The swimming pool behind Mary Wohlford’s home has had new life breathed into it after a group of neighbors offered to step up and care for what is perhaps Dyersville’s oldest private in-ground pool.
Wohlford, who is now 93, said around 50 years ago her husband, Walt, built an in-ground concrete pool for not only their eight kids, but the rest of the neighborhood’s as well.
“He built it like an interstate highway — it hasn’t cracked or anything,” she said.
Despite the sturdy construction, as the Wohlford kids grew and set out on their own, the pool sat mostly dormant.
But several years ago, neighbors took notice of the commotion during a Wohlford family gathering where the pool had been re-filled.
Ron Wilwert, who is Wohlford’s neighbor from across the alley, said a band of curious neighborhood families approached Wohlford about keeping the pool operational.
“I said if you take care of it and do everything, I really don’t care,” Wohlford recalled and so far, the agreement has been working swimmingly.
For the last three years, the arrangement has fundamentally transformed an otherwise typical Dyersville neighborhood and one thing is for certain — all involved believe the pool has made the area a better place to live.
“We said hi and traded pleasantries, but we didn’t spend as much time as when we started taking care of the pool and running across neighbors on a daily basis,” Wilwert said. “Now we have this meeting place. It’s Mary’s pool, but we all kind of have a stake in the game. The pool has been a nice conduit to get to know and hang out with our neighbors. I don’t think we would have as nice of a neighborhood if we didn’t all work together on the pool.”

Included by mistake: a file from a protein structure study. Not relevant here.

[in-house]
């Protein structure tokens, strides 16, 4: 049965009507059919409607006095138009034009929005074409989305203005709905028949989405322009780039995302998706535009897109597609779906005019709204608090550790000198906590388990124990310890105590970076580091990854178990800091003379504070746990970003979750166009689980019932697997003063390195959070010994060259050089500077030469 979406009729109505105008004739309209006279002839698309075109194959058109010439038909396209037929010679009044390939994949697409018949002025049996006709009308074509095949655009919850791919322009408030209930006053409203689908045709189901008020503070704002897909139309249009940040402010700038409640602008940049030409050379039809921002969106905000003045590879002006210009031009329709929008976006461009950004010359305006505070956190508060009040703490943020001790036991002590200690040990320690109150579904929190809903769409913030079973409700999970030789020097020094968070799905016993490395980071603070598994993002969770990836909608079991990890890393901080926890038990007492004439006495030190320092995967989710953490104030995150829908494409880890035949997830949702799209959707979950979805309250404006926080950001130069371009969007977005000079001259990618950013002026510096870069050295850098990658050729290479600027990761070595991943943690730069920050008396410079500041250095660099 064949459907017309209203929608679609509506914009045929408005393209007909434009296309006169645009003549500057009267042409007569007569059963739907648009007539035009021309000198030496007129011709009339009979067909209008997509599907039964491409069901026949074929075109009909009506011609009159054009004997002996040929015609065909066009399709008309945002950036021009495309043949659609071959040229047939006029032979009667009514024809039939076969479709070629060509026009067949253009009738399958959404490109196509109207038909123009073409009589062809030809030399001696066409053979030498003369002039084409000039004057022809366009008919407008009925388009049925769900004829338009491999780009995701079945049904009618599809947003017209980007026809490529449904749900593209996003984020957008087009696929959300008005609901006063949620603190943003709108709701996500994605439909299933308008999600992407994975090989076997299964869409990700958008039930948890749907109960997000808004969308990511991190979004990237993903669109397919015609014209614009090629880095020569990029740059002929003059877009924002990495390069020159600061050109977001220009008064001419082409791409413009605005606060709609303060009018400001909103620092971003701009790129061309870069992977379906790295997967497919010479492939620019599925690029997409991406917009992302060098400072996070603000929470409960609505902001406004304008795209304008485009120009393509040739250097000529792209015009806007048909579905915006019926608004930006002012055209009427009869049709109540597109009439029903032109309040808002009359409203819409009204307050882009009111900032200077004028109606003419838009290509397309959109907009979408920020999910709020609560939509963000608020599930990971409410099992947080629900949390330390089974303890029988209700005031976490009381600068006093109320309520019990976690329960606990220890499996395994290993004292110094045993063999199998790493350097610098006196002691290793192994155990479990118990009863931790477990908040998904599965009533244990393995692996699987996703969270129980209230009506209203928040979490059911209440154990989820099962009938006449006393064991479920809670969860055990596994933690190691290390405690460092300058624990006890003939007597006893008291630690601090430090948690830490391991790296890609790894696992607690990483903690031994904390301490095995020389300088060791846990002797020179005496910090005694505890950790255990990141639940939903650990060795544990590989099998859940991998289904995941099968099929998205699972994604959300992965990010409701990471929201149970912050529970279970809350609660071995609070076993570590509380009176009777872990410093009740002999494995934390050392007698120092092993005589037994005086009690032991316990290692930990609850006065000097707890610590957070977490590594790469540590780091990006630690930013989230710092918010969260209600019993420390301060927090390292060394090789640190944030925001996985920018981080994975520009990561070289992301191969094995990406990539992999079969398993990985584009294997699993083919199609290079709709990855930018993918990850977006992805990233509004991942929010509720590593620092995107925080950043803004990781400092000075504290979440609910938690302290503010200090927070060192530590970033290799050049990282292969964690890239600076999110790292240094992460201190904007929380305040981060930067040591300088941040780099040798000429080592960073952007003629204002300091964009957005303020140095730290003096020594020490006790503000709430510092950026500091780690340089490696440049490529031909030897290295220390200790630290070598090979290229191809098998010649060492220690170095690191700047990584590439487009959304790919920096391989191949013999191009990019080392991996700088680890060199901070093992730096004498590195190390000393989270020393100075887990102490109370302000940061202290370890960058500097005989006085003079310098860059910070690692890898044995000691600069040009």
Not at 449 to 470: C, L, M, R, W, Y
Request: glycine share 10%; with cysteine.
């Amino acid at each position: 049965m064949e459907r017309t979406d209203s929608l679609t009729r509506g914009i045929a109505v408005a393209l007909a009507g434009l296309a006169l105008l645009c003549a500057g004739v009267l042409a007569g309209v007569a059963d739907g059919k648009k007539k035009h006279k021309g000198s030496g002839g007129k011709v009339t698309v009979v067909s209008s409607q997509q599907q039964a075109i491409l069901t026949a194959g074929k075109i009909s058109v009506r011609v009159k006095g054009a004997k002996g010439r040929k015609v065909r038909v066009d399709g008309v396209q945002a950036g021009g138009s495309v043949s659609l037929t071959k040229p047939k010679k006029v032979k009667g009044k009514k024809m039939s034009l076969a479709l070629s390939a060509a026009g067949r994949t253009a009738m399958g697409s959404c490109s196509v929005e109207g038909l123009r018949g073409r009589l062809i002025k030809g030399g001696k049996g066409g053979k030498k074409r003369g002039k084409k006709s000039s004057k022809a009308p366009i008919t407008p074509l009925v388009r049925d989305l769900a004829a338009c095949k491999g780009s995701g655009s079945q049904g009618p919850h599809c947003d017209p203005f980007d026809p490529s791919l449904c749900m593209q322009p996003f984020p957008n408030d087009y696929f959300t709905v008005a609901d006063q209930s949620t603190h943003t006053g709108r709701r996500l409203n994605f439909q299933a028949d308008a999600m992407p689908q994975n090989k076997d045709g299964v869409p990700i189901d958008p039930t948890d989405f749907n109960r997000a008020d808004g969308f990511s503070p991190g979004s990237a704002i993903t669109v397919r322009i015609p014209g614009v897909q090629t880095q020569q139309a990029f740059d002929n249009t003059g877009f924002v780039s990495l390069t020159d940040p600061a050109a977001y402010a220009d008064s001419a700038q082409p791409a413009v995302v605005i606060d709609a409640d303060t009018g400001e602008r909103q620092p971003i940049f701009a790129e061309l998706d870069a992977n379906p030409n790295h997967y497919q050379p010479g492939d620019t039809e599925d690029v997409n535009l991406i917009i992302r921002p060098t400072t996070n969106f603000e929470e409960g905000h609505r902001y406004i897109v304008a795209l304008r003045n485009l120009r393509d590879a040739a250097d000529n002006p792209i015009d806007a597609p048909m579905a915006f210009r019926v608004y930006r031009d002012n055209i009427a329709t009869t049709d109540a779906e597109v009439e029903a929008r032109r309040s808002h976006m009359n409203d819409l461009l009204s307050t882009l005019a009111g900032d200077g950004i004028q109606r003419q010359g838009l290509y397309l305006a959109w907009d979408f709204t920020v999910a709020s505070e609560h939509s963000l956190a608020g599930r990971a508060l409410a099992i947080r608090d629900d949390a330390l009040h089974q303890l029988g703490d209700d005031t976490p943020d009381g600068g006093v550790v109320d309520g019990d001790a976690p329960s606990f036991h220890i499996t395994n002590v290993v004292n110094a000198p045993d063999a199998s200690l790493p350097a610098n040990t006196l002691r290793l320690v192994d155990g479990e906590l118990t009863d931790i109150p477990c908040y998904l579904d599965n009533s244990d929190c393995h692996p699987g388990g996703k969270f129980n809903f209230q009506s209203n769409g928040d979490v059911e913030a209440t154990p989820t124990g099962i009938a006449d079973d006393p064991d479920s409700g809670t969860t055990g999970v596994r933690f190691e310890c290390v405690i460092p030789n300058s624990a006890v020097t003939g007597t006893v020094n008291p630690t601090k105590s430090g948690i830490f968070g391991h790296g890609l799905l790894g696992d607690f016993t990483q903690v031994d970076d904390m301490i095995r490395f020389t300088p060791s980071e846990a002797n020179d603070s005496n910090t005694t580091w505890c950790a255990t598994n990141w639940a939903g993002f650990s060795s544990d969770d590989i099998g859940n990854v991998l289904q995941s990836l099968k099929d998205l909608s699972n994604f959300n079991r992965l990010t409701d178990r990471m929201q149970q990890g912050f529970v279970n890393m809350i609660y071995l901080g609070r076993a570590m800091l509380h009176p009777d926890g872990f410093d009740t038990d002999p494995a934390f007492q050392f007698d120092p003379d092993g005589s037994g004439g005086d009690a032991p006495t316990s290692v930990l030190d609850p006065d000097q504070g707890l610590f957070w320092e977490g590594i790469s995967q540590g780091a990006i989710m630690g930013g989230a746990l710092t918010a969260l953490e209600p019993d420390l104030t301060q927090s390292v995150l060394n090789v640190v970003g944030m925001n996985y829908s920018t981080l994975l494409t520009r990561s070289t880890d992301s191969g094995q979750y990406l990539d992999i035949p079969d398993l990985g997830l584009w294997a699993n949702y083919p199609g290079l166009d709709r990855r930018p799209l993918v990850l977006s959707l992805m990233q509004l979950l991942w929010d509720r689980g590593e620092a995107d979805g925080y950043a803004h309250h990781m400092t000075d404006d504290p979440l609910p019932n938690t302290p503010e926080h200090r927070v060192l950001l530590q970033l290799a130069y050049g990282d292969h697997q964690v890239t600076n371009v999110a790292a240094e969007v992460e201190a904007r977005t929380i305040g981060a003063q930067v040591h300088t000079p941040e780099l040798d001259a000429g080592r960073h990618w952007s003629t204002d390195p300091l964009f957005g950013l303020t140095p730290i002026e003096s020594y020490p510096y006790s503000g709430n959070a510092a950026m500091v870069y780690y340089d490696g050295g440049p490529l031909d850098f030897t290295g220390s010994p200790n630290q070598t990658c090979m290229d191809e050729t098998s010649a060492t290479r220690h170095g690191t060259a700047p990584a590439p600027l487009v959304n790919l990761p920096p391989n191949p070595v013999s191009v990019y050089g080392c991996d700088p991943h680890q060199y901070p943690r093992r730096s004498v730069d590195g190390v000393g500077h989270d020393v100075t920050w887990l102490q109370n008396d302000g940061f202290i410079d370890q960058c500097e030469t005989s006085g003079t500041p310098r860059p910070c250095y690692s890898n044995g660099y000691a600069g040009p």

Wohlford echoed the sentiment, saying it has turned everyone into a familiar face.
“At my age, it’s nice that I have neighbors like these — they’re helpful and honest and you don’t find that in the big city,” Wohlford said. “We need more neighborly neighbors.”
The pool harbors a lot of memories for Wohlford, and some of them showcase just how much has changed as the decades came and went.
The neighborhood use to have a horde of kids in earlier eras, she said. In fact, Wohlford said the smallest family probably only had four children while the larger ones contained eight to 10.
“We had a lot of kids and no fences, so you could patrol the neighborhood and correct the kids whenever — you don’t have that now,” she said.
But in a sense, Wohlford is still keeping a close eye on the neighborhood “kids.”
“When she’s talking about ‘the kids,’ that’s us — the adult couples,” Wilwert laughed.
Wohlford said she’s lived a full life, from traveling the world with Doctors Without Borders following the death of her husband, to hosting foreign exchange students to caring for foster children.
She said she has no qualms about passing on, as is evident by the custom knotty pine casket she has on display in her front room and the much acclaimed “do not resuscitate” tattoo on her chest.
“At my age I’m ready,” she said.